One of the U.S. Army’s goals is to recruit and retain more diverse members. Army recruiters are the first point of contact for many students, parents, and educators and represent all races and ethnicities.
Captain Amber Sims joined the U.S. Army when she was 20 years old. She knew the ROTC program offered scholarships and a definite job after college.
“My motives changed during the ROTC experience because I not only grew and matured, but I became a leader,” Sims said. “I was able to be a part of underclassmen development, and that was intrinsically fulfilling.”
Sergeant 1st Class Mary James decided after time in the professional world to join the Army.
“I knew I wanted to help people, but I wanted to help people in a bigger way,” James said. “The Army offered that, so I took the plunge, and here we are 15 years later.”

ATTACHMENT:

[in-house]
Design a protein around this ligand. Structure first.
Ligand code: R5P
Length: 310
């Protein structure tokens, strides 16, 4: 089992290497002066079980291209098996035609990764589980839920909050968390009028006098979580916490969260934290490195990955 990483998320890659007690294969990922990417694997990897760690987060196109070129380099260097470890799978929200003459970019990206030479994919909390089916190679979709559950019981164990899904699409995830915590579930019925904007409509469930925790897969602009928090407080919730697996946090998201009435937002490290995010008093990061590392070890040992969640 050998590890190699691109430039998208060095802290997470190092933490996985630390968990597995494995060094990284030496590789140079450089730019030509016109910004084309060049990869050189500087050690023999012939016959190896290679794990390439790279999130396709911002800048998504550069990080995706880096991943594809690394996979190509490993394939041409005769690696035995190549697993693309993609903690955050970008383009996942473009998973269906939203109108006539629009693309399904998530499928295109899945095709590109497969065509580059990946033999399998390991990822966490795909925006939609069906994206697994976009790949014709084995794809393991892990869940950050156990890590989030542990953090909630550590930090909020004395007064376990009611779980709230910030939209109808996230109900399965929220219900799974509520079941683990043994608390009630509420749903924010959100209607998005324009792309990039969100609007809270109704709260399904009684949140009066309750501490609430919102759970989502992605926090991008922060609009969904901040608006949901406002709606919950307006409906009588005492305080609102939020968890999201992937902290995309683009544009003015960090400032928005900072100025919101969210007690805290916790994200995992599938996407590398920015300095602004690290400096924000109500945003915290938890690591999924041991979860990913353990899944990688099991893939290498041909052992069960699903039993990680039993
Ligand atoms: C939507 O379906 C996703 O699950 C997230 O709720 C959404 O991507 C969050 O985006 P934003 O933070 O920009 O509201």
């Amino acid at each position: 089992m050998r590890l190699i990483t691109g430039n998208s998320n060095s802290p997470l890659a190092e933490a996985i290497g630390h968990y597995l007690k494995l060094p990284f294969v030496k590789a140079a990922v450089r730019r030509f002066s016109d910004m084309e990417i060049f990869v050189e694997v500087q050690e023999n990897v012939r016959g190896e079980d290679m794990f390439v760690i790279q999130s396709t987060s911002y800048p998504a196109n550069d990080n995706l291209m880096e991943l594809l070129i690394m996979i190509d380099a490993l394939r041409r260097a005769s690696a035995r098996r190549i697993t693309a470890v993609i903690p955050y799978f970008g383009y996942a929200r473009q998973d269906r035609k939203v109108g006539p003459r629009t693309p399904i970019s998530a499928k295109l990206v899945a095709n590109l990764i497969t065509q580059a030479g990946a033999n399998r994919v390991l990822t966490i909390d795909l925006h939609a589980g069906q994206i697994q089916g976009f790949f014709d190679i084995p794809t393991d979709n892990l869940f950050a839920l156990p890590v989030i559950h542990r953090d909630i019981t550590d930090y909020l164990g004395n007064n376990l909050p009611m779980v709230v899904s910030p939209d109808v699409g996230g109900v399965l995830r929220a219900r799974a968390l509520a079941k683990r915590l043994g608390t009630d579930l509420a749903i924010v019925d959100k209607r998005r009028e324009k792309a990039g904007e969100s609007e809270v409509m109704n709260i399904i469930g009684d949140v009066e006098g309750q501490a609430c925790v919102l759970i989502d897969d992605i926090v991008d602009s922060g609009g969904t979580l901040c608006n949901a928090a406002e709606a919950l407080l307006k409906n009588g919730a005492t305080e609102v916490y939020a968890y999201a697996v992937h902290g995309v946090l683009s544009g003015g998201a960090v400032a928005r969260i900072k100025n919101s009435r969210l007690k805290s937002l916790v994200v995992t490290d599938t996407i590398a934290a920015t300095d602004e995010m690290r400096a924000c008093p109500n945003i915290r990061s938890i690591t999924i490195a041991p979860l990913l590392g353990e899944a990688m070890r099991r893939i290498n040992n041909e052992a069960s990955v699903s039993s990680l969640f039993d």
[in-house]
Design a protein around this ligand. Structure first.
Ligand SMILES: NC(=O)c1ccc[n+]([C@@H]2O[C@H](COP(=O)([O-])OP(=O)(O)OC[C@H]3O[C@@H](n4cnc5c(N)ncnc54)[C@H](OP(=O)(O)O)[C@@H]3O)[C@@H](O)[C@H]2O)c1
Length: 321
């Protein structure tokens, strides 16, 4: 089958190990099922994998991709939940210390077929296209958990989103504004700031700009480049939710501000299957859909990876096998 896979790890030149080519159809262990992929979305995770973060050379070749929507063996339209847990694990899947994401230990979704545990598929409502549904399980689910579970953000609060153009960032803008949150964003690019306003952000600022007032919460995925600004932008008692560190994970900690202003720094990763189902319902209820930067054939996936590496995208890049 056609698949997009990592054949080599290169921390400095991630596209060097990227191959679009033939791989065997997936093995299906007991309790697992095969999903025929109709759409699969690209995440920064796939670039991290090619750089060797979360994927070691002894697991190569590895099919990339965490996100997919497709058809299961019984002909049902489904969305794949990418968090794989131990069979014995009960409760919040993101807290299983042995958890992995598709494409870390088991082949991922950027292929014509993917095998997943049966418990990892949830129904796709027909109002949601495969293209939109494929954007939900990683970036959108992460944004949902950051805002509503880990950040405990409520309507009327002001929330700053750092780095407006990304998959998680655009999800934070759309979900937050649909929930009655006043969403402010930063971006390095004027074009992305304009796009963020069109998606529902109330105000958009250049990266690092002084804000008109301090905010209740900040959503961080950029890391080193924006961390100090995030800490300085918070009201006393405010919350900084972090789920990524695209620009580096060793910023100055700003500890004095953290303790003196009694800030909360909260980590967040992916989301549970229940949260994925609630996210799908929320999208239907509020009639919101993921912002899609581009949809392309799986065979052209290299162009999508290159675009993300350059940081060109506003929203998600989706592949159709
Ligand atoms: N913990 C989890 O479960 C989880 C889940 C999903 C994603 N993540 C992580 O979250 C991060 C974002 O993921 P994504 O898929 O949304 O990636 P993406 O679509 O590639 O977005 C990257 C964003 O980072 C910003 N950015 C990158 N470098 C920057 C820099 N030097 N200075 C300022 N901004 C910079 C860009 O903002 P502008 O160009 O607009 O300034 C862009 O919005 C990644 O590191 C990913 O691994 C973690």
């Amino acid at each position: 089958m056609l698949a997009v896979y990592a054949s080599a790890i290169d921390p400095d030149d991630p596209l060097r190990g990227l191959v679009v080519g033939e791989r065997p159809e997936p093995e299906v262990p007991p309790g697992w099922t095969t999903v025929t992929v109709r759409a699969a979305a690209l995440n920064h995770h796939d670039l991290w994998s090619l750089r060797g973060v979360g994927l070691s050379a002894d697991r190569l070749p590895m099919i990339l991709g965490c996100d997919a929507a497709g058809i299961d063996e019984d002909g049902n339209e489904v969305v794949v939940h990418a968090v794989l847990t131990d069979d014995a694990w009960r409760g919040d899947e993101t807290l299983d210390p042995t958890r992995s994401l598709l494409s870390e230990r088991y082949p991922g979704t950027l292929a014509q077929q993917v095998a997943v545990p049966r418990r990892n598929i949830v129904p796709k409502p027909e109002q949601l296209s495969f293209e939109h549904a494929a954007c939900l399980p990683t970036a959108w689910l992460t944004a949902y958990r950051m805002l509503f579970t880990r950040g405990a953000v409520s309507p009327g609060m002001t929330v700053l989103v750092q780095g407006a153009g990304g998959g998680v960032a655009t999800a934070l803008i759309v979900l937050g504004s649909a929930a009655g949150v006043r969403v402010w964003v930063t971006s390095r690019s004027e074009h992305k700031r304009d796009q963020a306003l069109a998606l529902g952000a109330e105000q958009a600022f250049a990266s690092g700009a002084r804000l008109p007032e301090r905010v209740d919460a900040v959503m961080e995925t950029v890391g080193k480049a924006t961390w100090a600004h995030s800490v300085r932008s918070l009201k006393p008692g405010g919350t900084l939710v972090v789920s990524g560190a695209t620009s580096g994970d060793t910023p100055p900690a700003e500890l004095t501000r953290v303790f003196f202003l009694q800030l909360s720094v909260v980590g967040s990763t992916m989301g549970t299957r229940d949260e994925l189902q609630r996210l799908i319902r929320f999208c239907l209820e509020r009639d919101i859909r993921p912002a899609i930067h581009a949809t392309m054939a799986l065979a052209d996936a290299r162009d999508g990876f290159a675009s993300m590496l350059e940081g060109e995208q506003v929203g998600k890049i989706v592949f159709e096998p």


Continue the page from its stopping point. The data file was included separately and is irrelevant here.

The U.S. Army wants to ensure it is made up of people who mirror the demographic composition of the nation, and that its diversity reflects social and cultural norms in the world today.
“Our nation is only getting more diverse, and so is our Army,” said Sierra Starks, chief of advertising and public affairs for U.S. Army Recruiting, Seattle.
There are many diverse members of the Army at all levels, including leadership positions.
“As a soldier, you’re expected to show up as a soldier,” James said. “We are evaluated based upon competence, merit, and skill. If you show up as a soldier, your gender and however it is you identify culturally is a moot point.”
Externally, people may have misconceptions about members of the military, but there is a large network of veterans in corporate America. Sims currently interns at Goldman Sachs and has spoken with various finance and consulting firms.
“They mentioned quite a few times after six months to a year, veterans often outperformed those with prestigious degrees,” Sims said.
To learn more about diversity in the Army and joining the team, visit U.S. Army website.